Picking up where Paulette stopped, the other woman said, “And when the woozy feeling passed, I wondered why I was still here instead of home. When I asked around, people told me that that apparently I wanted to stay here badly enough to make it happen. But they said that in all likelihood I was also back at home, with no idea that… well, that I was still here at the same time. Were they right?”

“I had no clue,” Paulette said, shaking her head. Then, turning to Bryan, she said, “Did you know? Was this what you had in mind
when you said you needed a break?”

He held his hands up in a gesture of surrender before replying. “This was all new to me, too. I had no idea I’d find another Paulette here. All I knew was that when I saw a restaurant called The Unseen Scene, I just had to check it out. I had no idea that you— well, that she” — indicating the woman seated next to him — “was the owner.”

“How did you go about setting this place up, anyway?” Paulette asked her. “I mean, I don’t know a thing about running a restaurant. Or any kind of business, for that matter.”

The woman smiled as she replied, “I just decided I wanted to open my own place, and the knowledge I needed just kind of came to me.”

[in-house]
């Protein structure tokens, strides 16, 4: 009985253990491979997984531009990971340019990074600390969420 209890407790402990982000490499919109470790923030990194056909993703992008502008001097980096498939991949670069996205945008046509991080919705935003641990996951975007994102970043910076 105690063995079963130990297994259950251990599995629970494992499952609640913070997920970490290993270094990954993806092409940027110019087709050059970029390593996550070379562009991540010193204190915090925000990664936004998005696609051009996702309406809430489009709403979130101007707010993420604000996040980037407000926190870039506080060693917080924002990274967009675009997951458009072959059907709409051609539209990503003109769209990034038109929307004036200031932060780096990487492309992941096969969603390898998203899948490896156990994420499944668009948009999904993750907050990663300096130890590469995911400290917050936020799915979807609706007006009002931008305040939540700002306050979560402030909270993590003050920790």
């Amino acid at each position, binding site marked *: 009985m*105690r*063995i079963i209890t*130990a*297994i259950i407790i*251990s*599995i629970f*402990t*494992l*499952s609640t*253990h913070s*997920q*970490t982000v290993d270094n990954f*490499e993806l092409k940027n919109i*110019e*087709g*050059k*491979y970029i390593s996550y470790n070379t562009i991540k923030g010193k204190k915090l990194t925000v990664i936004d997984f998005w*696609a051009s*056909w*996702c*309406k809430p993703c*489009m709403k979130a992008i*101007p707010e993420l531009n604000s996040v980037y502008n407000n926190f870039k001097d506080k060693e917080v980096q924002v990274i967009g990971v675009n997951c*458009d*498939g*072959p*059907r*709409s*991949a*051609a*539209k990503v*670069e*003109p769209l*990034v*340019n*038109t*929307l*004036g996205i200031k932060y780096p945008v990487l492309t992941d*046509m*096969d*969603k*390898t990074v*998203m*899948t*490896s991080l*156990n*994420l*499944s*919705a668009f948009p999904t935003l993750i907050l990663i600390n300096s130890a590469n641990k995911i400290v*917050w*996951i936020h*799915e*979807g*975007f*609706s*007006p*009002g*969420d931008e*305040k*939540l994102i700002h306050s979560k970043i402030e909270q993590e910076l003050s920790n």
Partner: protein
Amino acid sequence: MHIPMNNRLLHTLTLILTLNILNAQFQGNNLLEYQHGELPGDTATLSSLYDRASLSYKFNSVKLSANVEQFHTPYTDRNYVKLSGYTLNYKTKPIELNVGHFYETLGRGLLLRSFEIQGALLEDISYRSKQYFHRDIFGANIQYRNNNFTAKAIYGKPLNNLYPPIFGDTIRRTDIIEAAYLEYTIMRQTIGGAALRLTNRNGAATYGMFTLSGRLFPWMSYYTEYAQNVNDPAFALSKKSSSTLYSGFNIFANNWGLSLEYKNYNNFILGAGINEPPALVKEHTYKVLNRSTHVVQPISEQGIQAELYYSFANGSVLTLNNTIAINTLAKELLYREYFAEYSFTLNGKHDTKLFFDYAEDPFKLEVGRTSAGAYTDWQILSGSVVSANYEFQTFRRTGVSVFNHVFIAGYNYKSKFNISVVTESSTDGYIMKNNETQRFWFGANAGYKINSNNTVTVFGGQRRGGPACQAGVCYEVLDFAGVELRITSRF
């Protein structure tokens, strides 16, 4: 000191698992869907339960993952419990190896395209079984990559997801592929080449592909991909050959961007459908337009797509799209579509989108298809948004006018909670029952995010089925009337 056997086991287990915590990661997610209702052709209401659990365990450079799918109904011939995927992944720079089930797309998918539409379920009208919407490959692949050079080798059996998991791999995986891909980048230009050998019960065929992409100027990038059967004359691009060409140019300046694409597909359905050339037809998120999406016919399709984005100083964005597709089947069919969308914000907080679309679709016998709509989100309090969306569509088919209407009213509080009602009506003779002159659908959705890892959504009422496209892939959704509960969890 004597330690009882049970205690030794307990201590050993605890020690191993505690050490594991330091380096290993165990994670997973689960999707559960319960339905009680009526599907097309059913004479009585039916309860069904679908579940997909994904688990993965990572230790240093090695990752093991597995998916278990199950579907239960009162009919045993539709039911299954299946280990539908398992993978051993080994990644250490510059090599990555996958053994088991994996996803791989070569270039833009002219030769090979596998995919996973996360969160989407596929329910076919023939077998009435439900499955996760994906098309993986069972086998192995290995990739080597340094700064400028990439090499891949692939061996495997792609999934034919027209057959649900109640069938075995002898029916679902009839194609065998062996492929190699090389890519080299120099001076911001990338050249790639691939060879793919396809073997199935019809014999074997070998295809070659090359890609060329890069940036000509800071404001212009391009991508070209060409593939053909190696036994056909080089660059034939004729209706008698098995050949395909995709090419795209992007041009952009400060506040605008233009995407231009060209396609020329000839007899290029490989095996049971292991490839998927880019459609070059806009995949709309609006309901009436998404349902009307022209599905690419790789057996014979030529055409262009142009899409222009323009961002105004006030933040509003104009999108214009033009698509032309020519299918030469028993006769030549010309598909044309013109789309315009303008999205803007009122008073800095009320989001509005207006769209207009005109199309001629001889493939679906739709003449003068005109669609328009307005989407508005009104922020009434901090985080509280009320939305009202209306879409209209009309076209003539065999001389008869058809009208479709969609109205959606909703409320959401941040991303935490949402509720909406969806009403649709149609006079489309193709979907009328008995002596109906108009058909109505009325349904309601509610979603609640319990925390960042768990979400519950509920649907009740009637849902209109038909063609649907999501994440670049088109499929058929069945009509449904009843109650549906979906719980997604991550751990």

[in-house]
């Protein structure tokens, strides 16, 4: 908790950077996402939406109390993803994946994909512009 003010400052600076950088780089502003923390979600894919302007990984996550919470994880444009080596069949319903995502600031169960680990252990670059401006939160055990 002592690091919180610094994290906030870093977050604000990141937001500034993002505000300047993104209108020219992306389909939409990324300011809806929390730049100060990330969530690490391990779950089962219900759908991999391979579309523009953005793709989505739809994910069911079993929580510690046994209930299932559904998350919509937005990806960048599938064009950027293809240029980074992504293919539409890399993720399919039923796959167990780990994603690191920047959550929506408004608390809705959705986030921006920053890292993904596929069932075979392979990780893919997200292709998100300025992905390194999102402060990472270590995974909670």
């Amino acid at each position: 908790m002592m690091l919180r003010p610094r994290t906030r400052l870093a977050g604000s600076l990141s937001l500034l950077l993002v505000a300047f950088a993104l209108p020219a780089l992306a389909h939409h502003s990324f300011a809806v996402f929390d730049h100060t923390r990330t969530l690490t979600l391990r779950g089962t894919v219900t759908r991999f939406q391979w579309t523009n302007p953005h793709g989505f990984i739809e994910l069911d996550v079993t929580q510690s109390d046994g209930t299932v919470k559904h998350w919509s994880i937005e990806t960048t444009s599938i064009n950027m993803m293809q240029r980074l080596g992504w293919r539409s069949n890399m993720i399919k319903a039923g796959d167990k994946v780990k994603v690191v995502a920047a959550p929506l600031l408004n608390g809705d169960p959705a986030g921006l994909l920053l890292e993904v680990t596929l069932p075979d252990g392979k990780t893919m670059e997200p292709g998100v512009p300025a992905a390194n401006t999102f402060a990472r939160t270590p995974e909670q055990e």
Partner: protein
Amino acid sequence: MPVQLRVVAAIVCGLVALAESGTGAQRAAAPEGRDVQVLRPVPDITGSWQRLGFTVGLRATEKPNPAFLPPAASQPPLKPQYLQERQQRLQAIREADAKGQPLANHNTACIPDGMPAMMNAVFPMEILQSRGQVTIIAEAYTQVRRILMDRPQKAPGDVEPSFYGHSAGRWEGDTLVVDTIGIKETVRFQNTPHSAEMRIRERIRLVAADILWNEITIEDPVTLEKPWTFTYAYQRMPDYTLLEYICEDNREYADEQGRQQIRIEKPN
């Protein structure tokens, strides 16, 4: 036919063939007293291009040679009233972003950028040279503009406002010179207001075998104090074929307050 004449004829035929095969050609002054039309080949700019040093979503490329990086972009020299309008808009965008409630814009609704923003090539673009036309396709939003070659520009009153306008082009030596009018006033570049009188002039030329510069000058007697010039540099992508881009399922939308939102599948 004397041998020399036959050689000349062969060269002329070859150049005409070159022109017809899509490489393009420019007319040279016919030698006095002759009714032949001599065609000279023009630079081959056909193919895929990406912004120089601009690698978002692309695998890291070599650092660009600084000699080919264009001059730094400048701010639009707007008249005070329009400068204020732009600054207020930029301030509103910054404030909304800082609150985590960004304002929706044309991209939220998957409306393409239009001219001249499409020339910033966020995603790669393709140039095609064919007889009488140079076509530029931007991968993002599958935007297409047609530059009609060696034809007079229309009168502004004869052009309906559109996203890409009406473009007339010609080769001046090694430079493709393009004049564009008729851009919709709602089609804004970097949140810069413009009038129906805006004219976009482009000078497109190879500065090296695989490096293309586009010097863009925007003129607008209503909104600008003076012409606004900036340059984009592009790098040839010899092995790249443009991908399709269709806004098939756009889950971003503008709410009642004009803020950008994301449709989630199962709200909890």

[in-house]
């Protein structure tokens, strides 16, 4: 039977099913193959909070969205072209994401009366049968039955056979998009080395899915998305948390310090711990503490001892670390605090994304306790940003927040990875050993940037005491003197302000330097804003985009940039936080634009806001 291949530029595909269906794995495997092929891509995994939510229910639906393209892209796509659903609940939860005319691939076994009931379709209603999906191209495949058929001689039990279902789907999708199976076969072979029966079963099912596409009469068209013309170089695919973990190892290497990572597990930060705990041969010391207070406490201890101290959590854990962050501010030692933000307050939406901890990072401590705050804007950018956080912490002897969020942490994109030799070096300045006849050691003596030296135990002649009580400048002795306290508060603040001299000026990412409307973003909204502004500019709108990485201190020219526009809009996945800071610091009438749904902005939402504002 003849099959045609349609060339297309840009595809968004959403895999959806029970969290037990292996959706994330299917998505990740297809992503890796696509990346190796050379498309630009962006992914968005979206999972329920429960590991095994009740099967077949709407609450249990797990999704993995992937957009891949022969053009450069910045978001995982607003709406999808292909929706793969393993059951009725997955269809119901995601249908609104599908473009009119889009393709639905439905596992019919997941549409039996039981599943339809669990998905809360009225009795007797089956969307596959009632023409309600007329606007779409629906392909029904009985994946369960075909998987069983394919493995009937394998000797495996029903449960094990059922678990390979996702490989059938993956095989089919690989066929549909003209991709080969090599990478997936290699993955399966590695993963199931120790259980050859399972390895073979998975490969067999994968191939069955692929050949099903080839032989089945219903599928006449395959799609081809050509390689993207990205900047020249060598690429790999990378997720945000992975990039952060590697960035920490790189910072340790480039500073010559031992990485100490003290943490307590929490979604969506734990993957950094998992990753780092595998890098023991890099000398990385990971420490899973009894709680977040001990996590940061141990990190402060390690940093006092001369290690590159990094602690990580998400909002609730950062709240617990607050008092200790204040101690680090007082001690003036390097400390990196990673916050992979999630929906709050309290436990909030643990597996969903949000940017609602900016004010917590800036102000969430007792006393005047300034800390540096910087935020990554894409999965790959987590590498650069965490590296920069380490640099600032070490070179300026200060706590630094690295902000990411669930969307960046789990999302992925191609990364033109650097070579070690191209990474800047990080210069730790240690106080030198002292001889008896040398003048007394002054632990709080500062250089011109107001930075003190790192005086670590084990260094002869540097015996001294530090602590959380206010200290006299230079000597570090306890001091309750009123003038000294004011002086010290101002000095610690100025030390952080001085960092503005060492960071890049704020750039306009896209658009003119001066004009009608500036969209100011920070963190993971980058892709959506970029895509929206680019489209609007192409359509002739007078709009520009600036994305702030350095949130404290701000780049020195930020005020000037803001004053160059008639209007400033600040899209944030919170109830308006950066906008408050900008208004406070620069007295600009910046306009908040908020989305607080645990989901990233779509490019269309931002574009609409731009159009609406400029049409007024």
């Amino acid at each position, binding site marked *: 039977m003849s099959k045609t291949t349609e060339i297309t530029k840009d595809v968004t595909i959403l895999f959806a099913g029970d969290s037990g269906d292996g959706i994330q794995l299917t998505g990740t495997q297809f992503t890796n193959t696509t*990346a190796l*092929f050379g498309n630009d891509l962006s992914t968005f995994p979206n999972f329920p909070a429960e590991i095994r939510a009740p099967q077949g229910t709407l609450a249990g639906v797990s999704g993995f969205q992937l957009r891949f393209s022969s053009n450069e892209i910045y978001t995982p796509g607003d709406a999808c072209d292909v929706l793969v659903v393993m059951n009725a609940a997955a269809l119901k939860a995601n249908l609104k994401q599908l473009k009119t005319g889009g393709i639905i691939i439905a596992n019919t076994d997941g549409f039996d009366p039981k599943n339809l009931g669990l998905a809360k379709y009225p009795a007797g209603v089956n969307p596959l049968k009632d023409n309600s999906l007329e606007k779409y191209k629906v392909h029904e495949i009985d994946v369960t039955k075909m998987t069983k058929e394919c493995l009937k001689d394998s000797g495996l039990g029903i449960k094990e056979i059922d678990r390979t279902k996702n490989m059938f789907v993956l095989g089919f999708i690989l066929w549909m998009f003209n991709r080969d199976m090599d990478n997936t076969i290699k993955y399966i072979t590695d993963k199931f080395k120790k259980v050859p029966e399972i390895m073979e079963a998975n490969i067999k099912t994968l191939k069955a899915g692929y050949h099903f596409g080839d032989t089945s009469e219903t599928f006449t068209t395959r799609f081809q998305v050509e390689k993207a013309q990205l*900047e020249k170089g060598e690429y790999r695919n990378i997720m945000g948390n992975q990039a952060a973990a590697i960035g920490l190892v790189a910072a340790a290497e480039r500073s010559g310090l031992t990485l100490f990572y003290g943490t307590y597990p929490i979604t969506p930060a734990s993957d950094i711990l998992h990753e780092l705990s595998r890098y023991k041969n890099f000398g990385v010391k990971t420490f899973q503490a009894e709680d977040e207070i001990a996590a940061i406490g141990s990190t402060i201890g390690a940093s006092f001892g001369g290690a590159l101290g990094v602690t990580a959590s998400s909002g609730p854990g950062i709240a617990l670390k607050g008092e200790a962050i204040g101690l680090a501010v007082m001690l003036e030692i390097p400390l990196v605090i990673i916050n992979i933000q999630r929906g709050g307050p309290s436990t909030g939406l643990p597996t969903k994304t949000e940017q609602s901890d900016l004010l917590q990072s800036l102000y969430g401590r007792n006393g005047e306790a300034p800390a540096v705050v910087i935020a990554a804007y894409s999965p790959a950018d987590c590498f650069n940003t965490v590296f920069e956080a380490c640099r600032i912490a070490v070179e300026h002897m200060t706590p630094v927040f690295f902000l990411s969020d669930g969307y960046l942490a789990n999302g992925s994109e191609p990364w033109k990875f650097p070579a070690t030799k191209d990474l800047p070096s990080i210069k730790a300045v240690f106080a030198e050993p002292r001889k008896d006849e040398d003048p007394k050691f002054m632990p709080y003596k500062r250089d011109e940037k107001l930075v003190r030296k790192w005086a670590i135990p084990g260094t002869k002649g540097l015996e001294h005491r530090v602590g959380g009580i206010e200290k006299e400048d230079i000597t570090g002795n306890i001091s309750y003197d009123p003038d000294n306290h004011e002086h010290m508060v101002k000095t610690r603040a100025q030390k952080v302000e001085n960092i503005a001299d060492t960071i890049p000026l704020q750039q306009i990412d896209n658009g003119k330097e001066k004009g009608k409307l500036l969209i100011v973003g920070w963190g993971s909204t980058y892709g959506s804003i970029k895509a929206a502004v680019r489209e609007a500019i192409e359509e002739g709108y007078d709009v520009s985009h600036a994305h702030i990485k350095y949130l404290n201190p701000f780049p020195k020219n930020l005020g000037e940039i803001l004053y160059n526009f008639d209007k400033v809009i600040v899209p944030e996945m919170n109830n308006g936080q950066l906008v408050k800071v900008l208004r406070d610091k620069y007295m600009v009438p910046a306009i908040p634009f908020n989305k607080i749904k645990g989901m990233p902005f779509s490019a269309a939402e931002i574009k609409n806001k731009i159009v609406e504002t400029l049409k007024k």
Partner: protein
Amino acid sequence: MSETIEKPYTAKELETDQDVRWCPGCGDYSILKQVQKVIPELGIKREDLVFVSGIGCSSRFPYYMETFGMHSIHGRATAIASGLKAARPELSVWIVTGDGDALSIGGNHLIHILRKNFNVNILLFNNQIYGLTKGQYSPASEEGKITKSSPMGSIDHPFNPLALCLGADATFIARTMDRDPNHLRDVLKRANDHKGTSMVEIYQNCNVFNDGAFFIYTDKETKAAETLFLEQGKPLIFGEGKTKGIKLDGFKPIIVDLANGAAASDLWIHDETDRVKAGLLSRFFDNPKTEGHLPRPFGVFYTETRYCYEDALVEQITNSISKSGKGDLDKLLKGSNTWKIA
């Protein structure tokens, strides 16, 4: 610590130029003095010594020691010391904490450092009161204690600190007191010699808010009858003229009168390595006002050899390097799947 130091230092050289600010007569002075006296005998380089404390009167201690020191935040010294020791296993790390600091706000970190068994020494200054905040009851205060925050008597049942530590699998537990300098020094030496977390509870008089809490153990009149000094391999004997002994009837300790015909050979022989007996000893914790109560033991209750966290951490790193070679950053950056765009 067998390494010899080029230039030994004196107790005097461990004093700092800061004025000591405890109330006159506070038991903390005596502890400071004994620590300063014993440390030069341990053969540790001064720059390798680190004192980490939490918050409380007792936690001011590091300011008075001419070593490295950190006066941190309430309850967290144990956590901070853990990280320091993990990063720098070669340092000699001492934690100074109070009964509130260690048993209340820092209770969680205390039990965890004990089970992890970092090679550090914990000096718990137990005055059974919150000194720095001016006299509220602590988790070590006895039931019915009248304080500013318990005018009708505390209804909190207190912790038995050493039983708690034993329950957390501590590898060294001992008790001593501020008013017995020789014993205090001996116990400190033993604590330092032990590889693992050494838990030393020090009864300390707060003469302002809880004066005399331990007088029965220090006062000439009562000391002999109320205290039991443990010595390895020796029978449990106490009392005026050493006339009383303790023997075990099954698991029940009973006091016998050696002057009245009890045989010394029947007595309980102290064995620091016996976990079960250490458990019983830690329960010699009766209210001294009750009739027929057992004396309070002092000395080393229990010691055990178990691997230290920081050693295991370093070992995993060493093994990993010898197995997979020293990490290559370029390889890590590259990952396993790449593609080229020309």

Paulette looked at Bryan, who just shook his head and shrugged, looking as puzzled as she did. Looking back at the other Paulette, she said, “I don’t understand. How could the knowledge just ‘come to you’?”

“That’s one of the great things about this place. Subreality, I mean. Here, Muses and even Writers have a kind of power that most Subrealizens don’t have available to them. Once I realized that I didn’t have to figure out how to get home, because somehow I was already there, I was free to do what I wanted here. It’s not even like I had to figure out what you would do in my place, because I am you. So, with apparently all the free time in the world, I spent some time at the Subreality Café, but it kind of freaked me out that I couldn’t control my invisibility there. No matter what I tried to do, I stayed visible. I didn’t like being stuck visible; after all, I’m supposed to be Bryan’s invisible muse. I came to realize that it was only in the café that I was stuck, so I picked out a spot and put up my own place, and here it is.”

“Well, OK,” Paulette said, thinking over Paulette2’s words, “but what made you decide to open a restaurant, instead of something else?”

“I just wanted someplace of my own, where I could be invisible or not at my choice, that’s all. Listen, we’ve been talking for awhile, and I’m hungry. Are you two ready to eat?”

“I’m starved,” Bryan replied. “How do we get a waitress’s attention?”

“Already done,” Paulette2 said, motioning towards the potted trees, where a pair of gloves hovered towards their table, about waist high, holding a pen in one hand and an order pad in the other.

As all three ordered, Paulette couldn’t take her eyes off the hovering gloves, writing each order as it was given. After everyone had ordered, the gloves floated away. Paulette then turned to Paulette2 and said, “I notice that our… order-taker never said a word. Was there someone actually wearing those gloves?”